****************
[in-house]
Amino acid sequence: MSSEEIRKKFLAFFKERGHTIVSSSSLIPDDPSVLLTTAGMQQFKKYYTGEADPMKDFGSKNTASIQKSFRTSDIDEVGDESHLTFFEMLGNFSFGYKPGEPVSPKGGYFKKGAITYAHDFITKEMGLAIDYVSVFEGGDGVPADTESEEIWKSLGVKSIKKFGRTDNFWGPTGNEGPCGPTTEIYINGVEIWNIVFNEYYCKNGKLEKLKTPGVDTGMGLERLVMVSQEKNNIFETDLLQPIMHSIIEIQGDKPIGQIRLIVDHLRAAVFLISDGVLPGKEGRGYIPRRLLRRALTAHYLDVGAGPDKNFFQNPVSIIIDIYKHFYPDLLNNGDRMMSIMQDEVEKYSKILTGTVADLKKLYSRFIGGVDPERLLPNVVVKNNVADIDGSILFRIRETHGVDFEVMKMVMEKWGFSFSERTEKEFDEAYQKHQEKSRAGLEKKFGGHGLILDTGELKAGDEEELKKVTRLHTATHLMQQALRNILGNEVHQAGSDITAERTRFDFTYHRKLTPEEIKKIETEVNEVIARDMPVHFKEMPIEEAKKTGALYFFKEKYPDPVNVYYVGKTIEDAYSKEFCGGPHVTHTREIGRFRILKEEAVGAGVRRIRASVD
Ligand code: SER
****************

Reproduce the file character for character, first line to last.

[in-house]
Amino acid sequence: MSSEEIRKKFLAFFKERGHTIVSSSSLIPDDPSVLLTTAGMQQFKKYYTGEADPMKDFGSKNTASIQKSFRTSDIDEVGDESHLTFFEMLGNFSFGYKPGEPVSPKGGYFKKGAITYAHDFITKEMGLAIDYVSVFEGGDGVPADTESEEIWKSLGVKSIKKFGRTDNFWGPTGNEGPCGPTTEIYINGVEIWNIVFNEYYCKNGKLEKLKTPGVDTGMGLERLVMVSQEKNNIFETDLLQPIMHSIIEIQGDKPIGQIRLIVDHLRAAVFLISDGVLPGKEGRGYIPRRLLRRALTAHYLDVGAGPDKNFFQNPVSIIIDIYKHFYPDLLNNGDRMMSIMQDEVEKYSKILTGTVADLKKLYSRFIGGVDPERLLPNVVVKNNVADIDGSILFRIRETHGVDFEVMKMVMEKWGFSFSERTEKEFDEAYQKHQEKSRAGLEKKFGGHGLILDTGELKAGDEEELKKVTRLHTATHLMQQALRNILGNEVHQAGSDITAERTRFDFTYHRKLTPEEIKKIETEVNEVIARDMPVHFKEMPIEEAKKTGALYFFKEKYPDPVNVYYVGKTIEDAYSKEFCGGPHVTHTREIGRFRILKEEAVGAGVRRIRASVD
Ligand code: SER